Can Diabetes Patients Successfully Maintain Improved Physical Activity?

A randomized, clinical trial published in JAMA assessed the efficacy of behavioral interventions to improve physical activity in patients with type 2 diabetes. The researchers found that a behavioral intervention could in fact be impactful in increasing physical activity and decreasing sedentary time.

The Italian Diabetes and Exercise Study 2

The study was the Italian Diabetes and Exercise Study 2 (IDES_2) trial, an open-label, assessor-blinded, randomized clinical superiority trial. Between October 2012 and February 2014, researchers recruited 300 physically inactive and sedentary type 2 diabetes patients from three outpatient diabetes clinics in Rome. Patients were stratified by center, age, and diabetes treatment and randomized 1:1 to receive a behavioral intervention or standard care for three years. Patients were followed through February 2017.

All patients received American Diabetes Association guideline-approved usual care. The standard care group (n = 150) only received the usual care. The behavioral intervention group (n = 150) received standard care as well as one individual theoretical counseling session and eight individual biweekly theoretical and practical counseling sessions each year. The primary endpoints were sustained change in physical activity volume, time spent in light-intensity and moderate- to vigorous-intensity physical activity, and sedentary time; an accelerometer was used to measure the endpoints.

Of the 300 randomized patients (mean age, 61.6 years; 38.7% female), 267 successfully completed the trial—133 behavioral intervention patients and 134 standard care patients; median follow-up was three years. In the behavioral intervention group, patients accumulated 13.8 metabolic equivalent-h/wk of physical activity volume, compared to 10.5 h/wk in the standard care group (difference, 3.3 [95% CI, 2.2-4.4]; P < .001). The intervention group also spent more time engaging in moderate- to vigorous-intensity physical activity (18.9 vs. 12.5 min/dof; difference, 6.4 [95% CI, 5.0-7.8]; P < .001), as well as light-intensity physical activity (4.6 vs. 3.8 h/d; difference, 0.8 [95% CI, 0.5-1.1]; P < .001). The behavioral intervention group had less sedentary time than the standard care group (10.9 vs. 11.7 h/d; (difference, −0.8 [95% CI, −1.0 to −0.5]; P < .001). The between-group differences remained significant over the three-year period, but during the third year, the moderate- to vigorous-intensity physical activity between-group difference decreased by about half, going down to 3.6 min/d. Outside of sessions, the standard care group experienced more adverse events than the behavioral intervention group (59 vs. 41), while the behavioral intervention group sustained 30 adverse events during the sessions, the most common of which were musculoskeletal injury/discomfort and mild hypoglycemia.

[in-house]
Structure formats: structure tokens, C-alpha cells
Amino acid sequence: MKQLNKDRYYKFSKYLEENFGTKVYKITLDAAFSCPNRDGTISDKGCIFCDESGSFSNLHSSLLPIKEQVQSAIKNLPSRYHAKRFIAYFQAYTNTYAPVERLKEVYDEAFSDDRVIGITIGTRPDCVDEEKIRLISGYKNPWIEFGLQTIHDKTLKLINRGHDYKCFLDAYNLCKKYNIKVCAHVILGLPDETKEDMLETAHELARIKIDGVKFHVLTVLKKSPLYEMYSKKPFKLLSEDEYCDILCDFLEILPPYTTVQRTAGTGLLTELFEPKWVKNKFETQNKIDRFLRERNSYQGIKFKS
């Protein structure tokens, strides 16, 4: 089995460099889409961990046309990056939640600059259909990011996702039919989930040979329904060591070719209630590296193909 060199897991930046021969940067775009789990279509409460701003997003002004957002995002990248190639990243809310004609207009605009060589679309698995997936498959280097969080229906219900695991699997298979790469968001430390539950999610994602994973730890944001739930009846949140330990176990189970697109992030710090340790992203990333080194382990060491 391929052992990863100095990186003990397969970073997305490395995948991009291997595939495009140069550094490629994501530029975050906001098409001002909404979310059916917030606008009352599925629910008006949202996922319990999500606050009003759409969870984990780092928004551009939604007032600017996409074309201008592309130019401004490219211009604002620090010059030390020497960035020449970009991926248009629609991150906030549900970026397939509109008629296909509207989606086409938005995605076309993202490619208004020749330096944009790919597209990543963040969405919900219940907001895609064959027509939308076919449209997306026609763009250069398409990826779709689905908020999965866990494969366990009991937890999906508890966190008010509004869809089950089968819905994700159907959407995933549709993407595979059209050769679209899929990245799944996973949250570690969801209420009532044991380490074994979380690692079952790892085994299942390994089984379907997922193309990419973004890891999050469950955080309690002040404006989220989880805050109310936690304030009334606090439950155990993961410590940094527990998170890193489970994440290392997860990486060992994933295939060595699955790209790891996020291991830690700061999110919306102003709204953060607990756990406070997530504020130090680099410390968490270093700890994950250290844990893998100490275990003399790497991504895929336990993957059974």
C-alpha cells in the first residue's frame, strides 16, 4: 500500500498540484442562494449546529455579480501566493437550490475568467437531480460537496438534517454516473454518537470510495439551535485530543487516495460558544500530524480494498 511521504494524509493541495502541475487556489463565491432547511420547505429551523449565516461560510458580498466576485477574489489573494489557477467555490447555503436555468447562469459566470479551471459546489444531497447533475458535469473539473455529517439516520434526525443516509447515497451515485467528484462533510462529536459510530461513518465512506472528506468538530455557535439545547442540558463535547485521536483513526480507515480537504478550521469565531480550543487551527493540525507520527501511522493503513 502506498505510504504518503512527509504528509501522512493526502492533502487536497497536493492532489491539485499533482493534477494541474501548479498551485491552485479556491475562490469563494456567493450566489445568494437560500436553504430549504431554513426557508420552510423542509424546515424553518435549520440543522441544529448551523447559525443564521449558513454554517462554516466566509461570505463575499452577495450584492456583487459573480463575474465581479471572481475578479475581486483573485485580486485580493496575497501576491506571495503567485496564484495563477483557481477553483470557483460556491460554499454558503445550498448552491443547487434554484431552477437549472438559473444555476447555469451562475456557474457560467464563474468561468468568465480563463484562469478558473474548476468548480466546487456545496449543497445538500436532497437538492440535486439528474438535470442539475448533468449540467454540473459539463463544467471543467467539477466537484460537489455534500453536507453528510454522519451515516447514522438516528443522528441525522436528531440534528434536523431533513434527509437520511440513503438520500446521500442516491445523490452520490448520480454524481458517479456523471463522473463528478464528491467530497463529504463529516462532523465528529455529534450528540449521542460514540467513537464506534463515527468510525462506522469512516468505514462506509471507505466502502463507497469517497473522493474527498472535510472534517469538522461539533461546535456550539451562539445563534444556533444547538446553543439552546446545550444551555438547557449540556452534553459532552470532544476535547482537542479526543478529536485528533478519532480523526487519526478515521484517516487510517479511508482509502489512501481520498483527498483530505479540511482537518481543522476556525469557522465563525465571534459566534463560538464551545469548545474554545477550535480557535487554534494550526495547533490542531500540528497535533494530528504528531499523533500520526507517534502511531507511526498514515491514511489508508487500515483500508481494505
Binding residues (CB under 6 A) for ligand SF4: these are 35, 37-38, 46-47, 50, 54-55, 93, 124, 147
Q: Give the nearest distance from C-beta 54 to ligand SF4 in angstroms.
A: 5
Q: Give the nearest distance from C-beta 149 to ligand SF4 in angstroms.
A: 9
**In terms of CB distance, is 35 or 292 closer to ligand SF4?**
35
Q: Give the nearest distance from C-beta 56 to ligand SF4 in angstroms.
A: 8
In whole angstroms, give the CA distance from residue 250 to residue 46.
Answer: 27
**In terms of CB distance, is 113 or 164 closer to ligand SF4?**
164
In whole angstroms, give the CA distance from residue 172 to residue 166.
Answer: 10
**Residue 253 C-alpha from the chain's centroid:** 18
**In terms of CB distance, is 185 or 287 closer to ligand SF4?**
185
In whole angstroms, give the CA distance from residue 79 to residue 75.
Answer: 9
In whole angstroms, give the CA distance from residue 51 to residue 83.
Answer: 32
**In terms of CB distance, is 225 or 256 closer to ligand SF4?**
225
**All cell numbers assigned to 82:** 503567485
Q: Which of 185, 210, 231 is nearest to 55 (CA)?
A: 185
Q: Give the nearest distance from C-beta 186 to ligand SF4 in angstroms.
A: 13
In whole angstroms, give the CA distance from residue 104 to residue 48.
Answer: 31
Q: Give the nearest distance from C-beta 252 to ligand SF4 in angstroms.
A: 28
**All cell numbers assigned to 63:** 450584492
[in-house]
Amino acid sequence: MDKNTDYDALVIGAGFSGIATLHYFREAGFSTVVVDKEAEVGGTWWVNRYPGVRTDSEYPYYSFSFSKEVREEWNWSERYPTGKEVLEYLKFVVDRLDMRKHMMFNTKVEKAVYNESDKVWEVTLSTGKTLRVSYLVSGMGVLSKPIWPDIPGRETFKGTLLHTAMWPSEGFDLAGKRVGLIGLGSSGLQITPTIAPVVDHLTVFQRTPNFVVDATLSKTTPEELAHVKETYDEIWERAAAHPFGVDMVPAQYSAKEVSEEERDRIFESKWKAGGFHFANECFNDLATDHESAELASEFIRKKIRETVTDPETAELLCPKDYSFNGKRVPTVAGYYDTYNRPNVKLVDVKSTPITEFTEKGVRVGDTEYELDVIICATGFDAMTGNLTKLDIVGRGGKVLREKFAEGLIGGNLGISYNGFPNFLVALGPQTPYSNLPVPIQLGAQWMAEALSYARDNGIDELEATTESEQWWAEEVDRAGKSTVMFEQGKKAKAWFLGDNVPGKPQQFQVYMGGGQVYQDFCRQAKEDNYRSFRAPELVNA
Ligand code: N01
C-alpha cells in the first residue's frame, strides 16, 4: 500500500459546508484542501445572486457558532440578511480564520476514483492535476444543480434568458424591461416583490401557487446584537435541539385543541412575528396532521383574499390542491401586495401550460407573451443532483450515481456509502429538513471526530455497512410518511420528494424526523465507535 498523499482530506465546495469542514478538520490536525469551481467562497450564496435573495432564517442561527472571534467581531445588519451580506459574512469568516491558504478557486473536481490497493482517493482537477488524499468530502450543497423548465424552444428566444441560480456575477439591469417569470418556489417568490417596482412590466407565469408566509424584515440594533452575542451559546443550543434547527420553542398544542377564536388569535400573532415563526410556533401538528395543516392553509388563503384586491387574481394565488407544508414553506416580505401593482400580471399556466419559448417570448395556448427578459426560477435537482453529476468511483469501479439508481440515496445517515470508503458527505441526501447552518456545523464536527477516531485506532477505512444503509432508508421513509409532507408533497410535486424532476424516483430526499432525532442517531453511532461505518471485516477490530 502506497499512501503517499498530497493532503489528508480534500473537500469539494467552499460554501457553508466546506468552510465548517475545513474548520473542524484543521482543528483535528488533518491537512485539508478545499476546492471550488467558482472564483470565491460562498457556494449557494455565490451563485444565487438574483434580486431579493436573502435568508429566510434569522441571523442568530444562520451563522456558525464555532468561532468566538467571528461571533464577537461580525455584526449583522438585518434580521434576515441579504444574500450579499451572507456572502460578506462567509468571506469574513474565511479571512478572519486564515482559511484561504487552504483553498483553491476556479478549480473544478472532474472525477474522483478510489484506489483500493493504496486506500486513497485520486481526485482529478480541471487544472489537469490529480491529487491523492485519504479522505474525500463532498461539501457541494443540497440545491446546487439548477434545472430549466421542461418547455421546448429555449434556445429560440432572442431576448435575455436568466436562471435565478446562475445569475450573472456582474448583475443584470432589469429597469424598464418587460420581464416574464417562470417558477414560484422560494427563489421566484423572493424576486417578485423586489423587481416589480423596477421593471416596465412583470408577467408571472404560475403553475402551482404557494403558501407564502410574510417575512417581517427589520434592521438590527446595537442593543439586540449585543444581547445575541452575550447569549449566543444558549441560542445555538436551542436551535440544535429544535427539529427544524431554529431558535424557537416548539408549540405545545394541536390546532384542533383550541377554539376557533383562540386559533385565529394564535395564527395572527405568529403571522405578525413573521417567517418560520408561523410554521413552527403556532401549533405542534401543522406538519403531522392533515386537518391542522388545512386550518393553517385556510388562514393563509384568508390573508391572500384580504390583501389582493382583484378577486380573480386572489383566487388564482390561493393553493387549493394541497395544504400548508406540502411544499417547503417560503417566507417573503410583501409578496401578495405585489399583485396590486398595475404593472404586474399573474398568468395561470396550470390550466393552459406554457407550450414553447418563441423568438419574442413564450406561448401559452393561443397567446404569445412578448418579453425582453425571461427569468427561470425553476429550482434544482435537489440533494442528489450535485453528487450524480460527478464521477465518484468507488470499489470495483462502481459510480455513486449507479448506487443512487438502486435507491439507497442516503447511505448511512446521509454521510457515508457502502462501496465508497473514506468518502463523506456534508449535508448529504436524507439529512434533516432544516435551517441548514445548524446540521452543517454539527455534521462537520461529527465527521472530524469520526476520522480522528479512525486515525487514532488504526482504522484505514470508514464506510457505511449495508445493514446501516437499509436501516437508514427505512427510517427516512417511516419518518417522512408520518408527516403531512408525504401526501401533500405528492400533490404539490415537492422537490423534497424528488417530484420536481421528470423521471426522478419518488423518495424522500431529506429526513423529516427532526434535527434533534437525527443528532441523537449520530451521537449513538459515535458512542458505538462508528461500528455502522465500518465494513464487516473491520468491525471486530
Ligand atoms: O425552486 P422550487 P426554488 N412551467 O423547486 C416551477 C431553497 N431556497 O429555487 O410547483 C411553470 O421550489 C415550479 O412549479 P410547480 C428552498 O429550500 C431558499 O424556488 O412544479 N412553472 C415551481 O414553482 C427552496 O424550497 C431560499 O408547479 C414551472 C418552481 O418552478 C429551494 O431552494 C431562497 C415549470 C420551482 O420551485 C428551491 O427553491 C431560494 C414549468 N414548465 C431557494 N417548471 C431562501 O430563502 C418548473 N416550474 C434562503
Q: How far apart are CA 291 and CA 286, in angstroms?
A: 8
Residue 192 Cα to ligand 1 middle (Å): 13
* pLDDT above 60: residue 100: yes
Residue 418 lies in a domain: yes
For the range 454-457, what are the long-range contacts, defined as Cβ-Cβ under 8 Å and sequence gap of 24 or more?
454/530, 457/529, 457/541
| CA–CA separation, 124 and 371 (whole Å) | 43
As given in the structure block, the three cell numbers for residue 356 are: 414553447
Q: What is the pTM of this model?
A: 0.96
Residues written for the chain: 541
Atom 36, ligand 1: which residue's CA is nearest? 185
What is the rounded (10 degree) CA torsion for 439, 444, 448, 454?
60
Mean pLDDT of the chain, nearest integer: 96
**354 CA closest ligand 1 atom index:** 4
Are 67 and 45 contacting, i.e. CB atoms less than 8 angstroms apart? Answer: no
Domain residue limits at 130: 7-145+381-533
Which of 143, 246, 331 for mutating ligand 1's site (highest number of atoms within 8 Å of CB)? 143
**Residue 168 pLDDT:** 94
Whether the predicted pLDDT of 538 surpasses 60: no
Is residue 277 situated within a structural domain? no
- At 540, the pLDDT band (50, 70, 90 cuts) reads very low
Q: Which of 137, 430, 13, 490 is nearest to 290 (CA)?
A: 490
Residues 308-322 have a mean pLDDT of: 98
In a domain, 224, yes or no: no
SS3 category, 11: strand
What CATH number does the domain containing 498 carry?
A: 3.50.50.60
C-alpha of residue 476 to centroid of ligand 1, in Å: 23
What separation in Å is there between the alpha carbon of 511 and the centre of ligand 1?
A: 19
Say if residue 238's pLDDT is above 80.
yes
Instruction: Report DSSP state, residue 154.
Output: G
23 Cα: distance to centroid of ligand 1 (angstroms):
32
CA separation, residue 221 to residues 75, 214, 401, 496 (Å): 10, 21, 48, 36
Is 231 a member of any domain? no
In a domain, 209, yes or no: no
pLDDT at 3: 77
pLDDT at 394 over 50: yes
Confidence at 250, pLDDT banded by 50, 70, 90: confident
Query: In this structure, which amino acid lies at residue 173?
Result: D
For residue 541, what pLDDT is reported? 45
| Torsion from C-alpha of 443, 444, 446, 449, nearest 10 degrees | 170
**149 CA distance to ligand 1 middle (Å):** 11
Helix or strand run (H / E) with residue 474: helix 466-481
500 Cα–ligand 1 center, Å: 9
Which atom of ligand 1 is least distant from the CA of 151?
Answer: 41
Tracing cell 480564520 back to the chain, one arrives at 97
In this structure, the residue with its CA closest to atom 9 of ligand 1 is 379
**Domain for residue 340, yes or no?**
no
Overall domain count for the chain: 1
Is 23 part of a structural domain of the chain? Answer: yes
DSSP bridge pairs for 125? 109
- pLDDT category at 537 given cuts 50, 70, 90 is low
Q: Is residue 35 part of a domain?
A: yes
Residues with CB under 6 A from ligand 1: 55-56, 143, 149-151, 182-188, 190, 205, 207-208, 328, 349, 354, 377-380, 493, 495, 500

The study authors called for further research to establish the generalizability of their findings.

Does Exercise Help Diabetes Outcomes?

Previous research supports exercise to help diabetes patients. According to a recent study published in the European Journal of Preventative Cardiology, which was conducted on behalf of the European Association of Preventive Cardiology (EAPC), patients with type 2 diabetes mellitus are at an increased risk of numerous cardiovascular outcomes, including dysglycaemia, dyslipidaemia, arterial hypertension, obesity, and reduced cardiorespiratory fitness (CRF). Patients with T2DM and cardiovascular comorbidities are especially at risk of mortality, and exercise can help with insulin sensitivity, lipid profile, vascular reactivity, and CRF.

“Sedentary lifestyles and unhealthy diets are the most important drivers of the increasing number of patients with type 2 diabetes and cardiovascular problems such as heart attacks,” said study author Dr. Hareld Kemps, a cardiologist at Máxima Medical Centre, Veldhoven, the Netherlands, in a press release. “Diabetes doubles the risk of mortality but the fitter patients become, the more that risk declines. Unfortunately, the majority of patients do not engage in exercise [programs].”

Kaitlyn D’Onofrio is a digital medical writer. She is interested in musculoskeletal health, the effect of exercise on health, and mental health awareness. When she’s not writing for DocWire, Kaitlyn is teaching yoga classes in her community, promoting wellness to her students.